The head of the state’s environmental agency visited a gathering of Sarasota business leaders to tout Gov. Rick Scott’s environmental successes.
Florida Department of Environmental Protection secretary Noah Valenstein said he expected it to be a busy year as Scott has called for $1.7 billion for environmental projects in the next state budget. During the Argus Foundation luncheon at the Sarasota Yacht Club on Tuesday, he discussed how his department was “focused on partnerships” between state and local entities to tackle environmental projects whether it was the effort to save Celery Fields or improving water quality at the Everglades.
“It’s one thing to preserve an ecosystem or restore an ecosystem. It’s a great challenge, it’s a difficult challenge and certainly we have plenty of those challenges around Florida,” he said. “But in the scheme of things, that’s simple. The real challenge is the thing that makes Florida so special … is when you’re able to do that in the context of a growing economy, a vibrant community, rural landscapes with vibrant agricultural industry. That’s the amazing thing.”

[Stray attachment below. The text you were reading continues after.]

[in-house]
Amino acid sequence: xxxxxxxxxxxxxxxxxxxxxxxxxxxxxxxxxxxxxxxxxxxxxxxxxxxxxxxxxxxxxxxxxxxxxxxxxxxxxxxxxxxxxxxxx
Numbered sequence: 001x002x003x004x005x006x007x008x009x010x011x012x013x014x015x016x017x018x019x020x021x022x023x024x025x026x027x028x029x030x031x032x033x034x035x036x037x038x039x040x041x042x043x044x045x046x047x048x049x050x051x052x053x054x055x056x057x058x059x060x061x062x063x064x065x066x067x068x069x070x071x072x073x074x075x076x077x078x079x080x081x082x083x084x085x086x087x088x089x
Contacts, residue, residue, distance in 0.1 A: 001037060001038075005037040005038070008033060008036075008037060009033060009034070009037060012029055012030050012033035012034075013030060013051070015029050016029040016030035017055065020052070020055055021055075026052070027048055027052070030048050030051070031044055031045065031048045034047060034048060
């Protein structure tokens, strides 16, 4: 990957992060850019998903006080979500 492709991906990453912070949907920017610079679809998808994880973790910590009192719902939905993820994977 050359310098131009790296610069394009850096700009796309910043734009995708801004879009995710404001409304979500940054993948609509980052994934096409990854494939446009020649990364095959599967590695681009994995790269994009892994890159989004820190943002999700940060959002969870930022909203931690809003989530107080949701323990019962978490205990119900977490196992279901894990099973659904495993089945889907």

Valenstein took the group on a trip down memory lane of the past seven years, highlighting the governor’s insistence on $100 million for state parks and the Florida Forever land buying fund, and $355 million for Everglades restoration in the 2018-19 budget. The department has worked on 145 springs projects in that time and will welcome Gilchrist Blue Springs as its 175th state park this Friday.
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He has been at the helm of the Florida Department of Environmental Protection for eight months, following a nearly five-year stint as Scott’s energy, agriculture and environment policy coordinator. He also led the Suwannee River Water Management District.
With reporters after his speech, in addressing a proposal being discussed in the legislature to move the responsibility of federal wetlands permitting to his department, Valenstein said that it could only move forward if the state was as stringent or more so in its protections.
“The environment in Florida is part of everything we do. And the most important thing that we’re focused on is partnerships,” he told reporters. “Working with our communities to make sure those are moving forward in protecting our environment for future generations and we’re doing it in a way that achieves everything that community wants to see as it moves forward.”